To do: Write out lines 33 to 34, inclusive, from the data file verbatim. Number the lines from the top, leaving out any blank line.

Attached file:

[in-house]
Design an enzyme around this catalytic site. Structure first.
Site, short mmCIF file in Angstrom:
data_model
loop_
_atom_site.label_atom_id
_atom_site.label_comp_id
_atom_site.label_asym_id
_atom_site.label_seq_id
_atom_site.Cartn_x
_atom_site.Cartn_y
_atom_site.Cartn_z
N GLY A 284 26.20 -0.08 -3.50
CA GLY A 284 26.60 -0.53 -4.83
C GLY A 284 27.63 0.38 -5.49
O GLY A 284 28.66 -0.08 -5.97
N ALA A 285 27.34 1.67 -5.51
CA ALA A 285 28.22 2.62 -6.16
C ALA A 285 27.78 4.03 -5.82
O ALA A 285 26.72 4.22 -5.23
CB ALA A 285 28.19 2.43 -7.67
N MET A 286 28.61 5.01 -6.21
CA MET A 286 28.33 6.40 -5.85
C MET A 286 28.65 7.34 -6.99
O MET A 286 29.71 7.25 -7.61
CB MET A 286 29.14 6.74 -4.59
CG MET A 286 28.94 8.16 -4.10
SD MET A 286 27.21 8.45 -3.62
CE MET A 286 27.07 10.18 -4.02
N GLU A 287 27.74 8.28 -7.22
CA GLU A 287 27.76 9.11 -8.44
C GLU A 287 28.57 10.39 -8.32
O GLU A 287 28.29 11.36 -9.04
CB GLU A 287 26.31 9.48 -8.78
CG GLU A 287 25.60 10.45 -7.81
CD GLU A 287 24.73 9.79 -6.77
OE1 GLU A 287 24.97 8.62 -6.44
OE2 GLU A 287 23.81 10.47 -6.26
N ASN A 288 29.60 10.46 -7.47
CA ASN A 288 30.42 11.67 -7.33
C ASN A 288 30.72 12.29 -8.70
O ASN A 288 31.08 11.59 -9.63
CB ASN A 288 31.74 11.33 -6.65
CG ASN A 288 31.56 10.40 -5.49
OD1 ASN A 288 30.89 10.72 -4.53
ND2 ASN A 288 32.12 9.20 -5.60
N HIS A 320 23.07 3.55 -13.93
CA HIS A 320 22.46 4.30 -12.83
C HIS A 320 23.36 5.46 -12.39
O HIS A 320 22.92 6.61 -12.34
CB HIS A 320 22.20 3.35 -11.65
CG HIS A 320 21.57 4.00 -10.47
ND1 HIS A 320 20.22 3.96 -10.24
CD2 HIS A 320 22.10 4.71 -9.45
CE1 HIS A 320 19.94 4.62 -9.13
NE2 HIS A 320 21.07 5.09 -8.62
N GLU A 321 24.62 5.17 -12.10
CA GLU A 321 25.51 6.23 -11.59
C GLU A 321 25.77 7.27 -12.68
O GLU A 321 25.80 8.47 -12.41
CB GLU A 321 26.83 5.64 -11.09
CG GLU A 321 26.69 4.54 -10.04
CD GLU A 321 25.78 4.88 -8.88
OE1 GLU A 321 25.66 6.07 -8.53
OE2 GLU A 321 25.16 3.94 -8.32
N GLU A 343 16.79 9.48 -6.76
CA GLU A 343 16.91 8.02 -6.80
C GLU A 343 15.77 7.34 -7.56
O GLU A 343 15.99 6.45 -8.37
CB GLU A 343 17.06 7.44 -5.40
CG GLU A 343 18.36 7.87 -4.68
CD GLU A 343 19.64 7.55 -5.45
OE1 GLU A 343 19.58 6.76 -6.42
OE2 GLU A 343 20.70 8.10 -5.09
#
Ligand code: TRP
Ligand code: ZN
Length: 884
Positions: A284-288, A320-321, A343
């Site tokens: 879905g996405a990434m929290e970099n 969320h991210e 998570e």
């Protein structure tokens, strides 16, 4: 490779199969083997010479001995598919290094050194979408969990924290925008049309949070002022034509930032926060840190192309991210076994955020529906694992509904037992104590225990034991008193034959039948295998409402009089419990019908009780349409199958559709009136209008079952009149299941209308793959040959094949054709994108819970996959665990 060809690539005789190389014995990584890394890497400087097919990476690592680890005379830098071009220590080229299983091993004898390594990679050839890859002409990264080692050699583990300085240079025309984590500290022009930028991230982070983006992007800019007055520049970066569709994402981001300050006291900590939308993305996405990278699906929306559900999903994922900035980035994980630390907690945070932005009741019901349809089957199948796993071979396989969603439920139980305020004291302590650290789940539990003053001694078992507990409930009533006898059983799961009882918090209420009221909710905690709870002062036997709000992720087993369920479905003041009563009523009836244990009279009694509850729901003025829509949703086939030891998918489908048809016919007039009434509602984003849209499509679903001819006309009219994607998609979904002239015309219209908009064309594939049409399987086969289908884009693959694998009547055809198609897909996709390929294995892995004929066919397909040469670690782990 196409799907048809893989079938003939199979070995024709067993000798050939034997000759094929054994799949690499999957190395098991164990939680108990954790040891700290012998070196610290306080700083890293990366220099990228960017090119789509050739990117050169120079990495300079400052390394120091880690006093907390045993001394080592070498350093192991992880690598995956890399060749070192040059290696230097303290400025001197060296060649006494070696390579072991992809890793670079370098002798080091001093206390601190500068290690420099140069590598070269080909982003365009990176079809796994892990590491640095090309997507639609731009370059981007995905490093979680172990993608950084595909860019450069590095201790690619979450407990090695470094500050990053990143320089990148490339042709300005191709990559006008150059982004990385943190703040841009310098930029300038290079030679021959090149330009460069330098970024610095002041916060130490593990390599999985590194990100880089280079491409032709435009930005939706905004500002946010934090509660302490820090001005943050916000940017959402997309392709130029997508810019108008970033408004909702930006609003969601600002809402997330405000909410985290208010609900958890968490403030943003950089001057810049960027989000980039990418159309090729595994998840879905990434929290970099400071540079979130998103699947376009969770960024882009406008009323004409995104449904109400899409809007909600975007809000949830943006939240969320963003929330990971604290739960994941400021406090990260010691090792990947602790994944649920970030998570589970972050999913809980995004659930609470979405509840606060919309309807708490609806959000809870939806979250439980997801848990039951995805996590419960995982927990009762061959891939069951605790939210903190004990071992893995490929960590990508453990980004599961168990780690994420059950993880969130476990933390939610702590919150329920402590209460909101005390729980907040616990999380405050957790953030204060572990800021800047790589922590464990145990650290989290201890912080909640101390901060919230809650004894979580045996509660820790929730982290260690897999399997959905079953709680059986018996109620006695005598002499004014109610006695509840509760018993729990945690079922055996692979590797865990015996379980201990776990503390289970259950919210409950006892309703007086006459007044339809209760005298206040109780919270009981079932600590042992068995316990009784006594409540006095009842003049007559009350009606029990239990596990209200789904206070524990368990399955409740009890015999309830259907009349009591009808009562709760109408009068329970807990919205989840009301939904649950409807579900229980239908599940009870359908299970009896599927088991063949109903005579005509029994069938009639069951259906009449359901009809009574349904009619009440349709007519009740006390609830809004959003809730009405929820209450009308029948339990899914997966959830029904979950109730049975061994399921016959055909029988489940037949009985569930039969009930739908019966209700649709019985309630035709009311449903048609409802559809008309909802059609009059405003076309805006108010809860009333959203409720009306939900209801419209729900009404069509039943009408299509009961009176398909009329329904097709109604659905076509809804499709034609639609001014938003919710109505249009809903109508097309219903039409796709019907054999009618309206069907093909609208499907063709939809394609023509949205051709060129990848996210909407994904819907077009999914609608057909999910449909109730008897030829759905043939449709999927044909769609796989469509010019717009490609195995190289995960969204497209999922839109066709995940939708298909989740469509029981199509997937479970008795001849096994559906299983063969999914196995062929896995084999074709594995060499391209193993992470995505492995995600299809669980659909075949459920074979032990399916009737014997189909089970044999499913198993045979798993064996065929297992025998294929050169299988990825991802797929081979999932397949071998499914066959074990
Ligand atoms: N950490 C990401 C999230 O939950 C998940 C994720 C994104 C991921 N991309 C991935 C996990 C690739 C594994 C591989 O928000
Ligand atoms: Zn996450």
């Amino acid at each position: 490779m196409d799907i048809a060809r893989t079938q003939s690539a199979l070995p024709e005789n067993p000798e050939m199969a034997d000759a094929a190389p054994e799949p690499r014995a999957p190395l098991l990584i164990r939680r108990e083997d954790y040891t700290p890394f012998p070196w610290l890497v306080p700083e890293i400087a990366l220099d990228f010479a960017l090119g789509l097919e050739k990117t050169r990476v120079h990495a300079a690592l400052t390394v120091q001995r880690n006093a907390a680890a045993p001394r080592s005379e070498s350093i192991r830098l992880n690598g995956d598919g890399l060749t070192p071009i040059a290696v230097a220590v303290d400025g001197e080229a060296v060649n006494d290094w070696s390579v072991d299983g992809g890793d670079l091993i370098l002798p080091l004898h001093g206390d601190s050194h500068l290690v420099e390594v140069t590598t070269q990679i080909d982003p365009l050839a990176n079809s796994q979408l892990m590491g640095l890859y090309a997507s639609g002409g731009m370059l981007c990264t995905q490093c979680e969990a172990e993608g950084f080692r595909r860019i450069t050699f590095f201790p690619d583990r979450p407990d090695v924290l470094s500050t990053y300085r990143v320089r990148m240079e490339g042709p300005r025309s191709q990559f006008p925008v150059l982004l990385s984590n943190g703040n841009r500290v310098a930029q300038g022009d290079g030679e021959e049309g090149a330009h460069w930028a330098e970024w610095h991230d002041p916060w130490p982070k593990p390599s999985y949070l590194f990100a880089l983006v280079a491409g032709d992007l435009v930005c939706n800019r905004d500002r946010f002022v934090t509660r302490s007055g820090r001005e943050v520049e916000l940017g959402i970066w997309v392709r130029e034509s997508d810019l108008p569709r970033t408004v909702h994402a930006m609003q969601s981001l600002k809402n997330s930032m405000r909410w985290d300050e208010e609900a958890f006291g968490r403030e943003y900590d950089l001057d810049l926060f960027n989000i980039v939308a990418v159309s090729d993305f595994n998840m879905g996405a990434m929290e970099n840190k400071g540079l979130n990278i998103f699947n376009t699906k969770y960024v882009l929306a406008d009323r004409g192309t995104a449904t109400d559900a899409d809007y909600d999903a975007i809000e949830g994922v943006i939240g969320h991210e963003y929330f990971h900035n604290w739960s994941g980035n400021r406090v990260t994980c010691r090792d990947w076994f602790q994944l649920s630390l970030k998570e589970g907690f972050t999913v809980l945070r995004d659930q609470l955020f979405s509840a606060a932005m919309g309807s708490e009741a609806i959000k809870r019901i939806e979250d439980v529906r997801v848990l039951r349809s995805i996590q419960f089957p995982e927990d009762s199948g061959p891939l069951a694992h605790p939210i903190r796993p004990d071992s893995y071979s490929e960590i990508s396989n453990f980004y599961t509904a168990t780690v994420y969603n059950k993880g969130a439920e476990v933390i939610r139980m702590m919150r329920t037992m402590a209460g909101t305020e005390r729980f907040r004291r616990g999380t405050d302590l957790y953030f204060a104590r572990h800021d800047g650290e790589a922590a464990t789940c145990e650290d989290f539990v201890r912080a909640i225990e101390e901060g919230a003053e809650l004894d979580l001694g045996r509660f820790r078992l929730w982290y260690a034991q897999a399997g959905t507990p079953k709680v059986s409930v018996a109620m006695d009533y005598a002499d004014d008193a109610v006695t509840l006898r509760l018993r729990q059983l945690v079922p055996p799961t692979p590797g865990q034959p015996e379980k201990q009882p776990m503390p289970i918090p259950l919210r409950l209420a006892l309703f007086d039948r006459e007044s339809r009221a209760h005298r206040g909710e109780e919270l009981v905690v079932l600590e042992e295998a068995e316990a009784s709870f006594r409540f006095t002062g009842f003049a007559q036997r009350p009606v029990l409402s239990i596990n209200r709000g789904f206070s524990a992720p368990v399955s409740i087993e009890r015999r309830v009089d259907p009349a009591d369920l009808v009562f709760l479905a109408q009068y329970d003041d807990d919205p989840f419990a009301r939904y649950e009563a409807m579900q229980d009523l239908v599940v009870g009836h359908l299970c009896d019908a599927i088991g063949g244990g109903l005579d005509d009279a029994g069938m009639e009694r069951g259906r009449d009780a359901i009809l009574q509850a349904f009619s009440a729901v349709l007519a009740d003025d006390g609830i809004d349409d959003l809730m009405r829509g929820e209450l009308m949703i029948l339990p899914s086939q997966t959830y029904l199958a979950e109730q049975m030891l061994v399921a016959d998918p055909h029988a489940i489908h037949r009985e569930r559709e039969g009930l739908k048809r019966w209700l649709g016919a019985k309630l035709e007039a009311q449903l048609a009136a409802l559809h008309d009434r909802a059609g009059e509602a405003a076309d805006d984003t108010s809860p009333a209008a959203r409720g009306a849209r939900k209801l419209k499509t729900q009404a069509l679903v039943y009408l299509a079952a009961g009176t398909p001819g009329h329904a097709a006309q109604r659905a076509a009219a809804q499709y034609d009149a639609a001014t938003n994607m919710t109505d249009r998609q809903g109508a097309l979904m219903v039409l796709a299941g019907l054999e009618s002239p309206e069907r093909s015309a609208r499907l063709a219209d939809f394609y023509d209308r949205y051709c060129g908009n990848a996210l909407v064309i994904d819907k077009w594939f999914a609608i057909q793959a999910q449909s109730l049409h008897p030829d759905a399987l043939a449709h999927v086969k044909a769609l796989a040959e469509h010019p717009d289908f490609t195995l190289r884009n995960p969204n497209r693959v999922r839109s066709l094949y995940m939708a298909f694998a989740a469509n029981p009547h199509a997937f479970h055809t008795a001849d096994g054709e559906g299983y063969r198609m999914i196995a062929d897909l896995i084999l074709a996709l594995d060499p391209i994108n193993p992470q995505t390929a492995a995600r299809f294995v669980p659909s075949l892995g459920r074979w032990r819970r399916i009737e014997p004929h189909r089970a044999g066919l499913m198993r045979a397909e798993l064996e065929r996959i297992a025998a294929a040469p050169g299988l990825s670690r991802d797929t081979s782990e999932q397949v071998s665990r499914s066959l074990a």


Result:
O GLU A 287 28.29 11.36 -9.04
CB GLU A 287 26.31 9.48 -8.78